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Cognition and behavior: Contaminant acts with autism gene

by  /  28 February 2012

Cautionary tail: An environmental toxin that accumulates in breast milk leads to social deficits in the offspring of exposed mice.

Cautionary tail: An environmental toxin that accumulates in breast milk leads to social deficits in the offspring of exposed mice.

A commonly used flame retardant may lead to deficits in sociability, learning and memory in healthy female mice and those that model Rett syndrome, according to a study published 15 February in Human Molecular Genetics1. The effects are different in Rett syndrome models compared with healthy mice, suggesting underlying gene-environment interactions.

DNA methylation, a type of epigenetic modification — chemical changes that turn genes on and off without altering the DNA sequence — likely mediates these changes, the study also shows.

Studies have identified numerous genetic risk factors for autism, but none of them account for the majority of cases of the disorder. Many researchers propose instead that a combination of multiple mutations and environmental factors could lead to the disorder. However, the molecular mechanisms underlying such gene-environment interactions are poorly understood.

In the new study, researchers investigated the effect of BDE-47 — a type of polybrominated diphenyl ether, or PBDE, which are commonly used as commercial flame retardants — on mice that model Rett syndrome, a single-gene disorder associated with autism. Studies show that BDE-47 can be found in human tissue and is present at particularly high concentrations in breast milk2.

Rett syndrome mice have a mutation in MeCP2, which detects DNA methylation and regulates the expression of thousands of genes. Because MeCP2 is on the X chromosome, a single MeCP2 mutation leads to more severe symptoms in males than in females.

Female mice with a MeCP2 mutation mated with male controls and gave birth to mixed litters of male and female mice, some of which have MeCP2 mutations. The researchers fed these mothers low levels of BDE-47 from four weeks pre-conception to three weeks of lactation, then observed the effect of the chemical on their offspring.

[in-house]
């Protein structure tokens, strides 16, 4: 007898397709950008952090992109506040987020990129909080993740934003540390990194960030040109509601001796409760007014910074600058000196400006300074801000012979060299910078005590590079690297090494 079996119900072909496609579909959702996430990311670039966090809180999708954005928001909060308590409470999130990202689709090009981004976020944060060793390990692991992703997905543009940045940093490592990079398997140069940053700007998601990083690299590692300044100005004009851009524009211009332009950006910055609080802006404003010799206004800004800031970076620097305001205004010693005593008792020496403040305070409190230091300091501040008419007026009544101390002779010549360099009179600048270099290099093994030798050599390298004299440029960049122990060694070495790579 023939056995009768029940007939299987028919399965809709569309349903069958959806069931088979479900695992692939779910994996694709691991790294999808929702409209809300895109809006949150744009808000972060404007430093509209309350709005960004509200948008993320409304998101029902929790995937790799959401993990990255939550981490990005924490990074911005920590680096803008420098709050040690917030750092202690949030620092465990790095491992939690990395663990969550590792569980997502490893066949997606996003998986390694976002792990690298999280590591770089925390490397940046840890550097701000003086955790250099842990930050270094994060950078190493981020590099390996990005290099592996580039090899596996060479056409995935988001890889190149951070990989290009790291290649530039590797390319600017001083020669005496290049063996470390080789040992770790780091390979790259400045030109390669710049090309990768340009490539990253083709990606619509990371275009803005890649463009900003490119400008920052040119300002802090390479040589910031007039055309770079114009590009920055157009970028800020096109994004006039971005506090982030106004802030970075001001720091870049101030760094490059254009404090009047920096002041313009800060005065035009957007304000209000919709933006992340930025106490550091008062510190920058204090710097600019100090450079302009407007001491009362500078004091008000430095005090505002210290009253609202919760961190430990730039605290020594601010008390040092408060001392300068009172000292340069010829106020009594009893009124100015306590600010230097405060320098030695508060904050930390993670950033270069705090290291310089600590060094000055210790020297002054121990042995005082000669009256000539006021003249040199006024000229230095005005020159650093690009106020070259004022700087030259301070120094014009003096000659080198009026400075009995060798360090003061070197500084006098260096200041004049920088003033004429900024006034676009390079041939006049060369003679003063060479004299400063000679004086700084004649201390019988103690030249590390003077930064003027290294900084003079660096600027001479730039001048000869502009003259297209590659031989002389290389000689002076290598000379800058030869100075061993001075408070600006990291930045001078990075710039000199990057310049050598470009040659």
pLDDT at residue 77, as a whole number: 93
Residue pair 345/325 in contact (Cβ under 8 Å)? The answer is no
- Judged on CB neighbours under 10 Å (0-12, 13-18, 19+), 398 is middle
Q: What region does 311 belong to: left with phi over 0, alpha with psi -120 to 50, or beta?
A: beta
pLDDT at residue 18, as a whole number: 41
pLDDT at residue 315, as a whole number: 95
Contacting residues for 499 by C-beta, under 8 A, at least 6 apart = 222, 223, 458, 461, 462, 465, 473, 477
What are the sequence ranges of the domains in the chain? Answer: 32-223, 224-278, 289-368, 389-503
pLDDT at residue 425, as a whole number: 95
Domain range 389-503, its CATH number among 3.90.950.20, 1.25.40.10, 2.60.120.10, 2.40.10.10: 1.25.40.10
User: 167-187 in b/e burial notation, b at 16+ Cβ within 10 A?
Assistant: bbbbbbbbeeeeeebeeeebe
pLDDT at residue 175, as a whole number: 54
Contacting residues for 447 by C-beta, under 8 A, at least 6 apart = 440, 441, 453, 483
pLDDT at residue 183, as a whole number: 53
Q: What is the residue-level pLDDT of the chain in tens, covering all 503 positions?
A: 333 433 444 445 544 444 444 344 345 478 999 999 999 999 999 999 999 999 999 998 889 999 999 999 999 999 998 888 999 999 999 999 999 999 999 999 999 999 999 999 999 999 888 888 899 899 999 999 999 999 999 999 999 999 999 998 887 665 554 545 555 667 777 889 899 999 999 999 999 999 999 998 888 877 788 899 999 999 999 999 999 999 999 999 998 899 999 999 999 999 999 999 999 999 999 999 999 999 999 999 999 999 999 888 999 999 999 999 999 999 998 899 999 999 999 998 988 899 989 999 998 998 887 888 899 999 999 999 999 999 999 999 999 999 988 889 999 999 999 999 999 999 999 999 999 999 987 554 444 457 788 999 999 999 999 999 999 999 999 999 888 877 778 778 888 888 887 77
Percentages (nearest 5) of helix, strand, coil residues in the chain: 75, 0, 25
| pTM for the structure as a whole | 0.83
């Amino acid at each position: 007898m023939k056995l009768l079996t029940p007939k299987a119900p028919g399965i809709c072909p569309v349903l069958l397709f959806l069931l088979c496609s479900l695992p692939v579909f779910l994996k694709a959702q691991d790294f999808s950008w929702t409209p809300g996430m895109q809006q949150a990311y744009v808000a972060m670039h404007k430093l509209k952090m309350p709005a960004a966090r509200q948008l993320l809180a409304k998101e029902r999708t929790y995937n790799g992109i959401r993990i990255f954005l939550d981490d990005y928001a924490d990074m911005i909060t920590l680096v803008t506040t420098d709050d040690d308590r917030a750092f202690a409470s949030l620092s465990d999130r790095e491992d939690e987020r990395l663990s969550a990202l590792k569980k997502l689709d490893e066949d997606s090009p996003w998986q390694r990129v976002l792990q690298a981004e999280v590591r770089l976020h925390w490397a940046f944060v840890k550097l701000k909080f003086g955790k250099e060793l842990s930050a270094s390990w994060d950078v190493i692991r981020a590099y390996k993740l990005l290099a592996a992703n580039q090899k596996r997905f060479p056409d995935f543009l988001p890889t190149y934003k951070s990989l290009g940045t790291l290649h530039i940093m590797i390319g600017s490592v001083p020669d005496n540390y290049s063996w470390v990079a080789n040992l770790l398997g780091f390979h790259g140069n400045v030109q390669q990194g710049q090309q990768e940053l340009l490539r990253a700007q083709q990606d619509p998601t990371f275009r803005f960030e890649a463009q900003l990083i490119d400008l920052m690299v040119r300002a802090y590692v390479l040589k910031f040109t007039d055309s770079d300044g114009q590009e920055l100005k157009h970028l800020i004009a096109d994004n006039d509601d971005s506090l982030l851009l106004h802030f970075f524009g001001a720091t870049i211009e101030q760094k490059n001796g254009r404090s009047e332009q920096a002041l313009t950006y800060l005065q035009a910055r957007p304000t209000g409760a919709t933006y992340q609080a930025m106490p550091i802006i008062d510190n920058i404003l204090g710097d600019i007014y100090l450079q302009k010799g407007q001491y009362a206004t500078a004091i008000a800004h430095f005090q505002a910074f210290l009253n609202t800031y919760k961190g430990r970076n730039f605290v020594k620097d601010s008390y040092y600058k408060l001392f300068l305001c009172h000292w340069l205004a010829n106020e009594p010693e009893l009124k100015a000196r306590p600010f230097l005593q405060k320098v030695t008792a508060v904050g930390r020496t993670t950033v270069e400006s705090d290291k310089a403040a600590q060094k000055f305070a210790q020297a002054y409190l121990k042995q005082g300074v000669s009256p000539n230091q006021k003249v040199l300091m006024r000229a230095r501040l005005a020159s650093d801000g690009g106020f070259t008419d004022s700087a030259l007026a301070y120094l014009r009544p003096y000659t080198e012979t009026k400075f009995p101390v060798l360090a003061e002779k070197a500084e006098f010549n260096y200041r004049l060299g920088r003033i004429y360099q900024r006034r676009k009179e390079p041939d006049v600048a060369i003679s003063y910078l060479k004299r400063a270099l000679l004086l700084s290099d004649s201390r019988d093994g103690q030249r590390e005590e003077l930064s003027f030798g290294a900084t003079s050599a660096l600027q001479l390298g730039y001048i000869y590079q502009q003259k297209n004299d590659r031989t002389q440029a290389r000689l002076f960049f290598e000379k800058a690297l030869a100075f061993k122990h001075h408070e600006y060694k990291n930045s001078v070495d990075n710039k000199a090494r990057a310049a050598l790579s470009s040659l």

The resulting levels of BDE-47 in the brains of the mother mice are similar to those found in postmortem human brains, the study found. This suggests that the BDE-47 treatment corresponds with our environmental exposure to the chemical, the researchers say.

Genetically typical female pups that were exposed to BDE-47 in utero emit fewer ultrasonic vocalizations when separated from their mothers compared with untreated mice, the study found. They also show less interest in a novel mouse in their environment than in an object and take longer to learn the location of a hidden platform in a water maze, suggesting social deficits and problems with learning and memory.

Male pups exposed to the chemical have fewer symptoms than females do, only showing a reduction in vocalizations when separated from their mothers. 

However, having the MeCP2 mutation appears to worsen some and improve other symptoms of BDE-47 exposure in healthy female mice, the study found. Specifically, these mice are more likely to investigate a novel mouse than are control females that were also exposed to BDE-47 in utero, but take even longer to learn the location of the water platform. These results suggest that the MeCP2 mutation modulates the effects of BDE-47 exposure.

The exaggerated effect of BDE-47 on female compared with male mice may be due to differences in DNA methylation, the study found. Both control and MeCP2 mutant female mice exposed to the PBDE have decreased DNA methylation in their brains compared with unexposed mice, whereas males do not.  

The combined effects of BDE-47 exposure and MeCP2 mutation could be due to elevated levels of DNMT3A, a protein that modulates methylation and plays a role in learning and memory in mice. Female MeCP2 mutant mice treated with BDE-47, but not unexposed MeCP2 mutants or healthy females treated with BDE-47, have elevated levels of the genetic message that codes for the protein.

References:

1: Woods R. et al. Hum. Mol. Genet. Epub ahead of print (2012) PubMed

2: Costa L.G. and G. Giordano Neurotoxicology 28, 1047-1067 (2007) PubMed